FOR IMMEDIATE RELEASE
Contact: Tina Broder, MSW, MPH, Interim Executive Director, National Viral Hepatitis Roundtable, email@example.com
NVHR Calls for Increased Recognition of Hepatitis C as a Systemic Health Condition as Part of ‘Hepatitis Awareness Month’
Organization announces educational campaign and new resources on impact of Hepatitis C outside of the liver
Washington, D.C. (May 1, 2018)
– The National Viral Hepatitis Roundtable (NVHR) today urged healthcare providers, policymakers, and the public health community to use Hepatitis Awareness Month as an opportunity to expand treatment opportunities for patients living with the hepatitis C virus (HCV) by reconsidering the way we think about HCV. Despite the availability of new, highly effective oral medications to cure the disease, the burden of hepatitis C continues to grow in the United States.
“An estimated 5 million Americans are infected by the hepatitis C virus, which is now the most common cause of death by an infectious disease. Although curing HCV has become possible with the introduction of new, highly effective medications, many barriers limit the use of these curative drugs and minimize the overall inroads made against the HCV epidemic,” said Tina Broder, NVHR Interim Executive Director. “Treatment restrictions and lack of awareness among both clinicians and patients have kept the U.S. from seizing the opportunity to make progress toward elimination of this disease. This Hepatitis Awareness Month, NVHR urges all healthcare stakeholders to begin thinking about HCV as a systemic health condition and to take action to end restrictions that limit patient access to treatment.”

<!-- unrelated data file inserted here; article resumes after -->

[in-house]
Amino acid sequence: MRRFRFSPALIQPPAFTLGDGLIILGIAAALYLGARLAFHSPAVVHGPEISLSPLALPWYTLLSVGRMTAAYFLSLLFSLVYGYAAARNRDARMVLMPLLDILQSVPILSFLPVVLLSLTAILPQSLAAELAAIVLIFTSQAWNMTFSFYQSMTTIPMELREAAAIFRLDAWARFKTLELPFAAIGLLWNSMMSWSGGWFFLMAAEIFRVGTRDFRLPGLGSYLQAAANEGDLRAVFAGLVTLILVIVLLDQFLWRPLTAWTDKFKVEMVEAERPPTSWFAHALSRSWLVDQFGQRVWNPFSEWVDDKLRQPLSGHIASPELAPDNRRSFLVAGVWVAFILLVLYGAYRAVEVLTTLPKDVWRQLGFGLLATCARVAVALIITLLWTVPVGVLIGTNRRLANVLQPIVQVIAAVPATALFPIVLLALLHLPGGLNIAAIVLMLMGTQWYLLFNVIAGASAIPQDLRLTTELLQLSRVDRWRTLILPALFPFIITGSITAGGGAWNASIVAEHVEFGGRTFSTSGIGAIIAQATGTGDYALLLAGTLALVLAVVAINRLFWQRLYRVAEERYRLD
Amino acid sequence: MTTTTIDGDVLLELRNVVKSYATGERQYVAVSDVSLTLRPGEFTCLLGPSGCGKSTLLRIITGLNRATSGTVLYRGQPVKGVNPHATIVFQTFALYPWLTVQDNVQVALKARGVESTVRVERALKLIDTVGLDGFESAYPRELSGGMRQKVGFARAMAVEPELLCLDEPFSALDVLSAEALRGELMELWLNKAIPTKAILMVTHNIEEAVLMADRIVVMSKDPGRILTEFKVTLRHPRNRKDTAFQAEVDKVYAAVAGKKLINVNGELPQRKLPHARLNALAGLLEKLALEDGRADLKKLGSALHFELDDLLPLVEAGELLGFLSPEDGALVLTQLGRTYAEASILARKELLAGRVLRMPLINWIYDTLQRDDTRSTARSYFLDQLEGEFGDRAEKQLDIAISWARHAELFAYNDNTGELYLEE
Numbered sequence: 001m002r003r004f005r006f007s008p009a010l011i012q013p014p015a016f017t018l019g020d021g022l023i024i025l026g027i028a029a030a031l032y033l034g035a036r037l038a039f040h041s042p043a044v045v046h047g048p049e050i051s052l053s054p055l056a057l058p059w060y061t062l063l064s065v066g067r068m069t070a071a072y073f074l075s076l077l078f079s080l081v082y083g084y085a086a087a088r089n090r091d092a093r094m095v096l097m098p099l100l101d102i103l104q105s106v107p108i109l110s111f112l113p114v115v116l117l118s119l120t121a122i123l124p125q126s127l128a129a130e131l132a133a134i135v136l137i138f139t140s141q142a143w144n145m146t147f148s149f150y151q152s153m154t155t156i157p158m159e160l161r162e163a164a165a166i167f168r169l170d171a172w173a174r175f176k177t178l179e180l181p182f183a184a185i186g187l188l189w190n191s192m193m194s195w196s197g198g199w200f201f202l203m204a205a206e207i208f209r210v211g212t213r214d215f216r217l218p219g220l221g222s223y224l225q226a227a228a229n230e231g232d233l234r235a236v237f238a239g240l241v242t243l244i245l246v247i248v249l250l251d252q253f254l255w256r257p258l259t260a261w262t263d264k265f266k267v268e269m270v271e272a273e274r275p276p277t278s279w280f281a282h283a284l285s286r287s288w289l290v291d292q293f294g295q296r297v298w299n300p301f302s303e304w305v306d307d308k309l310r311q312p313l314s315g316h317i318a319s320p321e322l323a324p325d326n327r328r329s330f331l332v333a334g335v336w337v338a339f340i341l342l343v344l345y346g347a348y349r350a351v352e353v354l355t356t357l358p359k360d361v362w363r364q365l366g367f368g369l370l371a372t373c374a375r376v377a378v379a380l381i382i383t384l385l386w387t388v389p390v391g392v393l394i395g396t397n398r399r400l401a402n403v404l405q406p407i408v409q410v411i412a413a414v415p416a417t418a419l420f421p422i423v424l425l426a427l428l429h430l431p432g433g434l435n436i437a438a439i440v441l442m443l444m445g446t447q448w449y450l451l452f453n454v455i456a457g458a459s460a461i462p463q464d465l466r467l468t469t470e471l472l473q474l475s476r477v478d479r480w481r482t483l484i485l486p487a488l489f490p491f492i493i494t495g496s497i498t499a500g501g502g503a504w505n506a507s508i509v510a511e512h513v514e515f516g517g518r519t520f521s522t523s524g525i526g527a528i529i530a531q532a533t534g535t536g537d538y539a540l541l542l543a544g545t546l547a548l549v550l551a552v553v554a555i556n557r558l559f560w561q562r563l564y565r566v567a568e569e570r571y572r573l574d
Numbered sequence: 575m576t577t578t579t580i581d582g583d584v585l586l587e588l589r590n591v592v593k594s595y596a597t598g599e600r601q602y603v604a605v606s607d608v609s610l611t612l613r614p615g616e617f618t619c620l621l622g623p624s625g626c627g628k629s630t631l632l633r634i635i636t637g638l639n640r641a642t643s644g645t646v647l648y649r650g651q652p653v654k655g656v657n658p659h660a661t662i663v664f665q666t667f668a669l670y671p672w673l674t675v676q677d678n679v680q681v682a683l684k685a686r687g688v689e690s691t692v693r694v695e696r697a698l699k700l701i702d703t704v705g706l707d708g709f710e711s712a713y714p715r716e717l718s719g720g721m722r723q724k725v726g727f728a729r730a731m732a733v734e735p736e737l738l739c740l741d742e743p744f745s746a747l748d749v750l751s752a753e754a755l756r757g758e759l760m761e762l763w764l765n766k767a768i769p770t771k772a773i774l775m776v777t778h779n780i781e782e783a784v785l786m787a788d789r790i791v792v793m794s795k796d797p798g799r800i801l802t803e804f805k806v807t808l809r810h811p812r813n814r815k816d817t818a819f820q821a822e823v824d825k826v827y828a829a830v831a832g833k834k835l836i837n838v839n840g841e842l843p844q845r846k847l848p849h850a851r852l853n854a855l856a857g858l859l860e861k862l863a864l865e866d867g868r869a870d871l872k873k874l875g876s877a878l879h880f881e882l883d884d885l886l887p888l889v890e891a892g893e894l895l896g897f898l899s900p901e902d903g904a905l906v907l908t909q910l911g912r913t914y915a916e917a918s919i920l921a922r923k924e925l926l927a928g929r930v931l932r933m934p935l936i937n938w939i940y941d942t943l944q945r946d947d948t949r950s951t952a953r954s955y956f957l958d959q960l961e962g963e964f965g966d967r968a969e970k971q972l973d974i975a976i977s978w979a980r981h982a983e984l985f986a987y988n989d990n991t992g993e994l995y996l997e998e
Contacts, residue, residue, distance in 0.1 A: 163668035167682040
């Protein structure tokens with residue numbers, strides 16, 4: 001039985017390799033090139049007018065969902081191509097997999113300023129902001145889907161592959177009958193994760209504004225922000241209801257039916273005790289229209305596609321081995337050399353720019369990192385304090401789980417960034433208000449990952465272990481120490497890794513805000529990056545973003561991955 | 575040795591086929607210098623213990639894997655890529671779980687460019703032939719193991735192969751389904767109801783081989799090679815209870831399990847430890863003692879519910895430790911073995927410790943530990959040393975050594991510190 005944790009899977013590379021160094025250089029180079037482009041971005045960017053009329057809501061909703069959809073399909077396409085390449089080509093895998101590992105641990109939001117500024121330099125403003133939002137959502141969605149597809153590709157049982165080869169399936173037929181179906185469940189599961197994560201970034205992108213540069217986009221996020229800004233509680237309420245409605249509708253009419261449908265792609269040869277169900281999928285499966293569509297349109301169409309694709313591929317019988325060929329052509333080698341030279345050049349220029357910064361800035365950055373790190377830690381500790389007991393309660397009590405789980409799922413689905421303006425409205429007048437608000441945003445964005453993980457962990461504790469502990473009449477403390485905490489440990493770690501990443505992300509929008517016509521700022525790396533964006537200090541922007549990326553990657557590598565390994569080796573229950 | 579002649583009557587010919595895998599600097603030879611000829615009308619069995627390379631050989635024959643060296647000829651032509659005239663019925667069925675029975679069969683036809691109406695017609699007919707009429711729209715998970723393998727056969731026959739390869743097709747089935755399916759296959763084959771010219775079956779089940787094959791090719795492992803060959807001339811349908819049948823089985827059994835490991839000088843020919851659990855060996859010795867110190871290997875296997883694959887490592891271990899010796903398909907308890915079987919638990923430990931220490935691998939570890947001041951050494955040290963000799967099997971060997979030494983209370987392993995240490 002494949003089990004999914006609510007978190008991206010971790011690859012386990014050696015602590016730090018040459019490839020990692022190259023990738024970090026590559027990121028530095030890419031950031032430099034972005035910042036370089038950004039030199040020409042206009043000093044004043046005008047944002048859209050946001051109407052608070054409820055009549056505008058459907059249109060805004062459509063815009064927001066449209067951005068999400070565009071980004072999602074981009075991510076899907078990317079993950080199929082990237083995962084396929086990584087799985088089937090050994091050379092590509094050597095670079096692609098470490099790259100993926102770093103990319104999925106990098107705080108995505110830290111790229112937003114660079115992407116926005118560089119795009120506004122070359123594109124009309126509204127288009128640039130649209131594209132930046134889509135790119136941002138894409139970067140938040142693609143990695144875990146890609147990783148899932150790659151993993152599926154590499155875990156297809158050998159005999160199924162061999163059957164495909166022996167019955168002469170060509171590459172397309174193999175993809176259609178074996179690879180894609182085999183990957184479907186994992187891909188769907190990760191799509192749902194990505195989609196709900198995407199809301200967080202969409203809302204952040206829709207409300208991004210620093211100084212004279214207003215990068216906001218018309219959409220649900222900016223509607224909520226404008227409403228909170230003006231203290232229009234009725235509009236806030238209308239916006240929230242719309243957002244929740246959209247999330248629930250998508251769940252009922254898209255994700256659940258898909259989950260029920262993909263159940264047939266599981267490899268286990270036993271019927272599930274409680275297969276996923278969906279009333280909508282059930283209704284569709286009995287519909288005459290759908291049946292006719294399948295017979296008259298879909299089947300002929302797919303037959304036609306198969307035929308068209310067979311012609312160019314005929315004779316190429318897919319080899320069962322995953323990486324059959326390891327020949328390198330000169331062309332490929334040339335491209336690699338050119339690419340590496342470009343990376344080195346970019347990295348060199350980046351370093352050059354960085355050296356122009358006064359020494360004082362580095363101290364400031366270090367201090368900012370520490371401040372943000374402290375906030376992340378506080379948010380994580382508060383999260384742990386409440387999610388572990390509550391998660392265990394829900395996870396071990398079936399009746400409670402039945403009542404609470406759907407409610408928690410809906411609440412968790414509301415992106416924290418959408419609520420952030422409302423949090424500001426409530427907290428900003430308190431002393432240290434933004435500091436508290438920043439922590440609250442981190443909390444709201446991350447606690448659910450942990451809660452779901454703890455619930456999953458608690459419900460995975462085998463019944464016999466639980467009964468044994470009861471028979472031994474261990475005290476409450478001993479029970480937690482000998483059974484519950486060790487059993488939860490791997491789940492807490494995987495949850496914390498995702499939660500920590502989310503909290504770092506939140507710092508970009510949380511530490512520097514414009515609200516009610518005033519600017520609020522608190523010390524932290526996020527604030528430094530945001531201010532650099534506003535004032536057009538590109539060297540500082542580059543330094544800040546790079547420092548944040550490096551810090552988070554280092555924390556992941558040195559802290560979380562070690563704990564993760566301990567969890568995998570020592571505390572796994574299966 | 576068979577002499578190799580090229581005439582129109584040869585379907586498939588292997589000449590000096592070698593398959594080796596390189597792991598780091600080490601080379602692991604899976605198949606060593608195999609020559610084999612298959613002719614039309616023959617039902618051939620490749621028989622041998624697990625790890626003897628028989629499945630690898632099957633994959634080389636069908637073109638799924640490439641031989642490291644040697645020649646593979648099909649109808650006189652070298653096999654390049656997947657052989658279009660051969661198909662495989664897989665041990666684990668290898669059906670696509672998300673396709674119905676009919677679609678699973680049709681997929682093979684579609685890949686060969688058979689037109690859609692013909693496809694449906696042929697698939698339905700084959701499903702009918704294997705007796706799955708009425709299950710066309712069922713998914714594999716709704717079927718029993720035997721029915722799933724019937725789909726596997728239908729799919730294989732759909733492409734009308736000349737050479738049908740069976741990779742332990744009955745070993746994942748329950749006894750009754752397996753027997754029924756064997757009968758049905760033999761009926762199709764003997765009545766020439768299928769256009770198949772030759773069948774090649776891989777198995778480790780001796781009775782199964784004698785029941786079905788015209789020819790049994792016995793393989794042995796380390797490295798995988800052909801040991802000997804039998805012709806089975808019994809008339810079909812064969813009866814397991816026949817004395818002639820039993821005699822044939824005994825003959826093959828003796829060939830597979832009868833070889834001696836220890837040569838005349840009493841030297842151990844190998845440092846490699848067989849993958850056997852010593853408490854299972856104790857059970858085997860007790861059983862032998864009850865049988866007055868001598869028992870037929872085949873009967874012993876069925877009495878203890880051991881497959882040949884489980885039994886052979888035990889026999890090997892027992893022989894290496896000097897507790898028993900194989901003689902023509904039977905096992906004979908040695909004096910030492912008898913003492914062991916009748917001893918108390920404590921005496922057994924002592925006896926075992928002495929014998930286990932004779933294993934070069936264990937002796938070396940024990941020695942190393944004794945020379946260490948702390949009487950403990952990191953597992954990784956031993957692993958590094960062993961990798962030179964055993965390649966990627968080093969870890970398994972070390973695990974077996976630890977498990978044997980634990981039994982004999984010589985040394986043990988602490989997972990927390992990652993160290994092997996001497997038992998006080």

HCV targets the liver and increases risk for advanced diseases such as cirrhosis and liver cancer. However, up to 74% of individuals with HCV also experience health effects in other parts of the body, conditions collectively known as extrahepatic manifestations. HCV infection produces systemic health effects, which contribute to the development of conditions such as diabetes, fatigue, kidney disease, and chronic pain.
To help educate stakeholders about the impact of HCV beyond the liver, NVHR has launched the “Hepatitis C – It’s About More Than Liver Disease
” project. As part of the project, NVHR is hosting a free educational webinar
on Wednesday, May 2nd from 1:00-2:30 pm EST
to raise awareness about the health effects of HCV outside the liver.
The webinar will feature Dr. Zobair Younossi, a hepatologist and clinical researcher from Inova Health System, and Dr. Kristen Lee, a primary care physician from Boston Medical Center. The webinar will also include stories from two patients who will share their personal experiences living with HCV and other health conditions. To register, visit https://attendee.gotowebinar.com/register/769811360924902659.
“The hepatitis C virus affects a patient’s overall well-being, not just the liver,” said Bekeela Davila, NVHR Program Coordinator. “HCV is a major public health issue that warrants greater attention and increased involvement from partners across all disciplines.”
“Recognizing extrahepatic conditions as part of HCV infection is important because these conditions may produce harmful health effects before there are ever signs of advanced liver disease,” said Dr. Younossi, who has been treating HCV patients and carrying out outcomes research in HCV for over 25 years. “Many of these conditions can be serious and require costly medical treatments. But early detection and treatment with HCV medications may relieve these other health effects, and in some cases prevent them from occurring. Understanding that HCV is a risk factor for other health conditions reframes the need for HCV treatment and demands additional attention and resources to put an end to this disease.”
NVHR has developed a series of educational fact sheets discussing the prevalence, symptoms, and treatment options of various HCV-related conditions outside the liver. To access these resources and learn more about the ‘It’s About More Than Liver Disease’ project, visit NVHR’s website at http://nvhr.org/program/HCVMoreThanLiverDisease